A woman who admitted drinking and smoking cannabis prior to a high-speed crash that killed her seven-year-old son and close friend in May last year has pleaded guilty to causing their deaths.
Andrea Groening, 25, pleaded guilty in the Supreme Court to dangerous driving causing the deaths of Mehali Anastasios Pastrikos and 21-year-old Wade Williams and serious harm to a man in another vehicle.
The court heard Groening had only had her Ps for about six weeks when she ran a red light at the intersection of Berrimah Rd and Tiger Brennan Dr at more than 40km/h over the limit on May 22.
Her barrister, Nicola McCarron, told the court she did not remember anything immediately leading up to the crash, including where the trio had been or what they were doing.
Ms McCarron said Groening had dropped her two young daughters with a babysitter and was at home where Mr Williams was cooking Mehali’s favourite meal before the pair had some drinks.
She said Groening did not remember smoking cannabis but accepted she did because of her positive reading and the fact she had “fallen into a bad routine” of smoking it after putting the children to bed to relax following the recent death of her partner in an earlier crash on the Roper Hwy.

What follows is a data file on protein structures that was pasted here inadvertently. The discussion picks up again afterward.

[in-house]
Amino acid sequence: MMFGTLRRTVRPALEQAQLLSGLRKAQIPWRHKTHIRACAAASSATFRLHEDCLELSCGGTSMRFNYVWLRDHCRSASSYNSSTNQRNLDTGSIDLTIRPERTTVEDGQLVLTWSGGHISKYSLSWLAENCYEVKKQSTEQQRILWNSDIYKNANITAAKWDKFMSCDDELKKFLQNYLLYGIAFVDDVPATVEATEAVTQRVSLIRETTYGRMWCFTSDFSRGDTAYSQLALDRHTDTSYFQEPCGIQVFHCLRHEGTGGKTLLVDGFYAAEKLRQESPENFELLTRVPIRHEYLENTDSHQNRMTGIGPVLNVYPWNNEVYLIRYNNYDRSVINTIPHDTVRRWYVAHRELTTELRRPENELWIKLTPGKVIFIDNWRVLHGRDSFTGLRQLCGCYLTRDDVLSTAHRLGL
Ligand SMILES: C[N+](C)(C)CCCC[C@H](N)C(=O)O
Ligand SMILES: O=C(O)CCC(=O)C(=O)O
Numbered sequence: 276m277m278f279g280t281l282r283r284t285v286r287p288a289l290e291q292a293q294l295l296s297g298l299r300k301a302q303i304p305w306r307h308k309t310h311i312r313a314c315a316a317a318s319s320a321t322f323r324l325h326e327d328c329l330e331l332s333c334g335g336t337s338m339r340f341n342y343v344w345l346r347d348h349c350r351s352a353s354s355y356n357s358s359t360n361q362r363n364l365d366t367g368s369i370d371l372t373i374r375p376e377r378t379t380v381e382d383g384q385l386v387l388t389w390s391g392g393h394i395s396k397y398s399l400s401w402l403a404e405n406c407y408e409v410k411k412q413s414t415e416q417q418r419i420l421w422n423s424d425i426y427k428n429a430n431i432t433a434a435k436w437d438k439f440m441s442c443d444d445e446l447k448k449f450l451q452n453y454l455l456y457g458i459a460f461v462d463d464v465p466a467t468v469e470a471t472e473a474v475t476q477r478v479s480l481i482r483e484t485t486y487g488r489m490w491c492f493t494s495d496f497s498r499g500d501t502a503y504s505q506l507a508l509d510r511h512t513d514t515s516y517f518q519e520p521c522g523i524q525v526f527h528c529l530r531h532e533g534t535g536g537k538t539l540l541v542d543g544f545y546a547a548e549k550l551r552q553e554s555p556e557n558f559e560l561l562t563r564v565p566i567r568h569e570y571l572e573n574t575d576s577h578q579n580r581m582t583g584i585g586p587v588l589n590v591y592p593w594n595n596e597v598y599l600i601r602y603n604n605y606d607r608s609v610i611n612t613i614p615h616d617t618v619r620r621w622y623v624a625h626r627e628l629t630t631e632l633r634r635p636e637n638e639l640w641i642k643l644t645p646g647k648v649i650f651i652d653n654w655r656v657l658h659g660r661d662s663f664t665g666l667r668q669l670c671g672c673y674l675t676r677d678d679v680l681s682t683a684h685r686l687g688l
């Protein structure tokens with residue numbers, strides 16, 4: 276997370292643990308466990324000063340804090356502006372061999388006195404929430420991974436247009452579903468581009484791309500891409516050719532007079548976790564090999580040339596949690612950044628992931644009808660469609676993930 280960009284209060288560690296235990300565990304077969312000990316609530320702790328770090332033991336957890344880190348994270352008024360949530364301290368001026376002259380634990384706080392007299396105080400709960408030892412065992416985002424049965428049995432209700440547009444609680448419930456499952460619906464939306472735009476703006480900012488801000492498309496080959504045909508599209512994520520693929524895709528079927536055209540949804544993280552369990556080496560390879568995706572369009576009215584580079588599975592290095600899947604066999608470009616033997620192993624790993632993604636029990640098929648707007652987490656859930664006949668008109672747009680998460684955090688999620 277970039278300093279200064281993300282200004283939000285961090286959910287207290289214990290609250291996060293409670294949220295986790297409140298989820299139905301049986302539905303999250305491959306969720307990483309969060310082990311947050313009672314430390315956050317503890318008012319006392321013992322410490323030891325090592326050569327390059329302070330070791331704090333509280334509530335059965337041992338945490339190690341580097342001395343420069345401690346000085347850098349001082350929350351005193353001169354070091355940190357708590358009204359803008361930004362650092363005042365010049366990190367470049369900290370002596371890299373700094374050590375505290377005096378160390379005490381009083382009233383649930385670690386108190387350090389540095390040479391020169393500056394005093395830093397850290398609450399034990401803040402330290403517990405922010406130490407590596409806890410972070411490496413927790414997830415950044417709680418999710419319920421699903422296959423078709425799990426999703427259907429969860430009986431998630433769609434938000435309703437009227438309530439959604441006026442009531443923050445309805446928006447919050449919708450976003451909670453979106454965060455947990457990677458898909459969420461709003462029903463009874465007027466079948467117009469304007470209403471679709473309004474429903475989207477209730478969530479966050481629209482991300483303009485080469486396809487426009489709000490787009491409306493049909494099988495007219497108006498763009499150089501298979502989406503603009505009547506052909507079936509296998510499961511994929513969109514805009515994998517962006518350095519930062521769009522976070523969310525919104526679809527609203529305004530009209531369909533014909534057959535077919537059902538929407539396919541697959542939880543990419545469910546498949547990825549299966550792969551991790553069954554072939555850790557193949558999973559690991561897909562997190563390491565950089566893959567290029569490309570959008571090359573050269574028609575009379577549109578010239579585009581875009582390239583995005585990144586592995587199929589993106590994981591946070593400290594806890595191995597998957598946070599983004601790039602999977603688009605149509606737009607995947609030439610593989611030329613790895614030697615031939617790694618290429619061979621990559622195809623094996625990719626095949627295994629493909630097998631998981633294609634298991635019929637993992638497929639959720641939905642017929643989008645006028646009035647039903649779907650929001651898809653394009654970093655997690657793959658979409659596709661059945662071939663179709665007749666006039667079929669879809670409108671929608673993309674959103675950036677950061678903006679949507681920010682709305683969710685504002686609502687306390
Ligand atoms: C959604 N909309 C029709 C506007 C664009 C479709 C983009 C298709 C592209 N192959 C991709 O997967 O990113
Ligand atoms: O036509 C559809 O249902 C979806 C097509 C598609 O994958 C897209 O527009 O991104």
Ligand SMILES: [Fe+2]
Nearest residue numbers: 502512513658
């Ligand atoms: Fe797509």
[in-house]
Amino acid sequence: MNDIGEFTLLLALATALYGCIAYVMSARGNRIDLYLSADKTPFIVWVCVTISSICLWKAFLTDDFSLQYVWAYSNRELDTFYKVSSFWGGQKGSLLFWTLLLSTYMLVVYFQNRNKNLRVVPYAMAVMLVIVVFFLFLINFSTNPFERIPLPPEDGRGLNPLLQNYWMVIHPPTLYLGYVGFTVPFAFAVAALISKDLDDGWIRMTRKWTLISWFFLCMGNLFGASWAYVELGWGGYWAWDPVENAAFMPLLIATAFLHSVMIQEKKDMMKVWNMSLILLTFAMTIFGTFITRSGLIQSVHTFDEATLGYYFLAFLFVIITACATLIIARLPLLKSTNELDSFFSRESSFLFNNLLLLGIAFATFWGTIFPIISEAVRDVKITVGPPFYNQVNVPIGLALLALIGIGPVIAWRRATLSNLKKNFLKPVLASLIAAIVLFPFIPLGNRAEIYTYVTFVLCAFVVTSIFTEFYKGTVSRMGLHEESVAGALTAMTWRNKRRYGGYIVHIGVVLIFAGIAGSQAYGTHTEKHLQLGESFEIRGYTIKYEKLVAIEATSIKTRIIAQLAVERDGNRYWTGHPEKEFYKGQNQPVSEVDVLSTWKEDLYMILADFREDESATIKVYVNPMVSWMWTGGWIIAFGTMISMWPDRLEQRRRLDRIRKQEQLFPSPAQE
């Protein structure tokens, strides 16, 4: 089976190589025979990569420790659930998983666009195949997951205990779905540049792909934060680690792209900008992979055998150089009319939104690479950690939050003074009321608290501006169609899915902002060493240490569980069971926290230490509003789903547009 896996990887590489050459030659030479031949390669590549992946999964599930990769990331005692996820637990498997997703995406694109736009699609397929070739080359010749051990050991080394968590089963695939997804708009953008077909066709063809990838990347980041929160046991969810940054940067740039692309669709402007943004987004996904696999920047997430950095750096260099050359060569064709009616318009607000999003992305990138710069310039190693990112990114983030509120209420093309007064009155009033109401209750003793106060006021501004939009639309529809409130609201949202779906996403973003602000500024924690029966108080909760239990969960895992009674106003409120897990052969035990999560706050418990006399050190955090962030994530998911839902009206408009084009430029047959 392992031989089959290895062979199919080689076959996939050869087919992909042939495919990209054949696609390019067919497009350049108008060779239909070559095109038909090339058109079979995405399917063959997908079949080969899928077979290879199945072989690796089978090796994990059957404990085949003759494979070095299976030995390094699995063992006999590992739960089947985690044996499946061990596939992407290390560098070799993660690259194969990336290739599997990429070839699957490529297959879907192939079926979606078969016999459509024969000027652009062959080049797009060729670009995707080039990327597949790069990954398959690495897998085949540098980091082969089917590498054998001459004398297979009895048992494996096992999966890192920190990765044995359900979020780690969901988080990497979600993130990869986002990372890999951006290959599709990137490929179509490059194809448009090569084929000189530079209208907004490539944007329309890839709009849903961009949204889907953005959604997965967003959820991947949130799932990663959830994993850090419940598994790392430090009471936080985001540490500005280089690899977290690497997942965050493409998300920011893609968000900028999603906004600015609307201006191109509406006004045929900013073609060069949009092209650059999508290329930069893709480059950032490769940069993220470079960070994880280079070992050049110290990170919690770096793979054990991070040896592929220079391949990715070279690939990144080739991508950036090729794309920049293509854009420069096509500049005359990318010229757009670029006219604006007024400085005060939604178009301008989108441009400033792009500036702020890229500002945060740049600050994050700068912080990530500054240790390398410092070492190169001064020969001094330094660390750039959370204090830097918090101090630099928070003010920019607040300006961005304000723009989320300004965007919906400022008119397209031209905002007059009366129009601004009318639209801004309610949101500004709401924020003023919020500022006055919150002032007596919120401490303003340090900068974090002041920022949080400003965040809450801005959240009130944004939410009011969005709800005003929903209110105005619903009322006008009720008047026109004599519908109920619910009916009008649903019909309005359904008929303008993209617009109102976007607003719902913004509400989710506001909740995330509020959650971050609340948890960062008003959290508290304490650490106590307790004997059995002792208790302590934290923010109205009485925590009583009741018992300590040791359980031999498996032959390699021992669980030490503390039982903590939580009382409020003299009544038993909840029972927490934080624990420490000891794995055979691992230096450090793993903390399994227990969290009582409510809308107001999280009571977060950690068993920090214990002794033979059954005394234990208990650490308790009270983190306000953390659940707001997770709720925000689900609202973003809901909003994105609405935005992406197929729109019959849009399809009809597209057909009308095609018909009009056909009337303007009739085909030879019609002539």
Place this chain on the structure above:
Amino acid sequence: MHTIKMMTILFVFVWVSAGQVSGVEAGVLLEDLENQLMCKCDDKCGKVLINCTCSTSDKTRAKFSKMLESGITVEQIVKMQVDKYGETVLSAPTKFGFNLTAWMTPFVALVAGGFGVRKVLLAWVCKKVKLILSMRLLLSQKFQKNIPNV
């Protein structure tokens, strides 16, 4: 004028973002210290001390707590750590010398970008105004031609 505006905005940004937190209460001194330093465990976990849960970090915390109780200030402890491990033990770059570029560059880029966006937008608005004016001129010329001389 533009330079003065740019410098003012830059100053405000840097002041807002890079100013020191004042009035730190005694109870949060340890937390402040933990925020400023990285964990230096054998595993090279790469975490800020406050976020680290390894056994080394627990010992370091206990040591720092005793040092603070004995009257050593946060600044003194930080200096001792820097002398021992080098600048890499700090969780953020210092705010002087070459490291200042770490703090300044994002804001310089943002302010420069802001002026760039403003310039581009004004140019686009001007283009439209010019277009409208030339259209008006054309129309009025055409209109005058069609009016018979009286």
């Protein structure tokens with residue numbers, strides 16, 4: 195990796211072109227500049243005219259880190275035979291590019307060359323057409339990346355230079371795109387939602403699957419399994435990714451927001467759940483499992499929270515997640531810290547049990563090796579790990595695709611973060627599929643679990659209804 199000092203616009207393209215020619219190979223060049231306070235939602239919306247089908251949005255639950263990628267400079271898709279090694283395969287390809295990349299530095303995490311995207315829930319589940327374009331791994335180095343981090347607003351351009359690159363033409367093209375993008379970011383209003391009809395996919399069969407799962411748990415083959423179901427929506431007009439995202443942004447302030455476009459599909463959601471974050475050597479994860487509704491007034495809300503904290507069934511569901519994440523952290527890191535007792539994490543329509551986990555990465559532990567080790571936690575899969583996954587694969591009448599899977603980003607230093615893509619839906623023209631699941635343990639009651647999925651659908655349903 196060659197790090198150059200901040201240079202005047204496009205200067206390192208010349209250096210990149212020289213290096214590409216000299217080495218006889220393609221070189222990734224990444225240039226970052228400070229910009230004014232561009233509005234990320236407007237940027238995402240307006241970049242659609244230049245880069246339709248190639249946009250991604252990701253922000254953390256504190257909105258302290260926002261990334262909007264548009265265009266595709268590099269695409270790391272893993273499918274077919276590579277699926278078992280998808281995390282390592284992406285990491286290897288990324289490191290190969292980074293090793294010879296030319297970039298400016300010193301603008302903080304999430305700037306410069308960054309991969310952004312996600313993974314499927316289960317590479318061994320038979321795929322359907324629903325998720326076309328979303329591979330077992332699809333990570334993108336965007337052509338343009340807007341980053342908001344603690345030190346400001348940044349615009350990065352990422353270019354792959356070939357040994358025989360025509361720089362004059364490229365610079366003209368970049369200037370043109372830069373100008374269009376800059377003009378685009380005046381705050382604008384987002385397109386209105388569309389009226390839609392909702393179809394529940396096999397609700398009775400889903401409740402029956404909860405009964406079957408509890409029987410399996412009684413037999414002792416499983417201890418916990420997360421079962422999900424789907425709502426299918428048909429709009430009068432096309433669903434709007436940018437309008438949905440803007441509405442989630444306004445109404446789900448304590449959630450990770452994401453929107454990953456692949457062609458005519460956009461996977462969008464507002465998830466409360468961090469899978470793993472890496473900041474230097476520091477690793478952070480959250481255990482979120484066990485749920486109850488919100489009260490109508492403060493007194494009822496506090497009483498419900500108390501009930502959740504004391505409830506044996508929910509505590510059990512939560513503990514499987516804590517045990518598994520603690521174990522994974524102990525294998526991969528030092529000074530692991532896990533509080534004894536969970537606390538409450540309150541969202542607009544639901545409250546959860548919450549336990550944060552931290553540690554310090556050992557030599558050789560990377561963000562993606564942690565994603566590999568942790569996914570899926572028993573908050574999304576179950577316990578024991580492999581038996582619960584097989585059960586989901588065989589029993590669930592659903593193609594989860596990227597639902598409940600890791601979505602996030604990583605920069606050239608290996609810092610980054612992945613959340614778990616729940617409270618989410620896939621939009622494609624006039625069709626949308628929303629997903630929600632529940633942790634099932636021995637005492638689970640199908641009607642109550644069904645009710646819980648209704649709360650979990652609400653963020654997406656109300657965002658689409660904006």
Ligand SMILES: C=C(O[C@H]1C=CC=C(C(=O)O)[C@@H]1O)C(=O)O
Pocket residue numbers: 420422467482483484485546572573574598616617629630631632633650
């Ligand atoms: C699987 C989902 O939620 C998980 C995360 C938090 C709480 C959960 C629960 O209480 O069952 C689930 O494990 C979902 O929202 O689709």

“Her very next memory is lying on the road and looking at the stars, after that she recalls waking up in hospital where she heard the devastating news,” she said.
“When she heard that news she just wanted to die.”
In arguing for Justice Dean Mildren to consider imposing a home detention order, Ms McCarron said her client had “no explanation or memory as to why the three of them were in the car that night,” which she said was an “unusual occurrence.”
“She would never normally have taken Mehali anywhere on a school night, especially at that hour of the night,” she said.
Crown Prosecutor, Stephen Geary, said victim impact statements tendered to the court revealed Mehali was greatly missed by his extended family and Mr Williams was a father of three boys himself, who were now without a dad.
“One can’t help but be moved when reading the circumstances of how people came to know about the events that bring us to court today and the ongoing trauma and sense of loss in losing a much loved child,” he said.
Mr Geary said while Groening’s own loss of her young son was “punishment in itself,” the offending was so serious she “must go to jail”.
“For many years to come for the rest of her life this offender will have to live with what she’s done to her own child and two other men,” he said.
“(But) there’s just absolutely no excuse for driving in this way on that particular night.
“It would be manifestly inadequate if there was a fully suspended sentence regarding this matter, it’s just too serious.”
Groening returns to court for sentencing on October 14 where Justice Mildren indicated he would be likely to impose a term of actual imprisonment followed by a possible period of home detention.
Source: NT Times.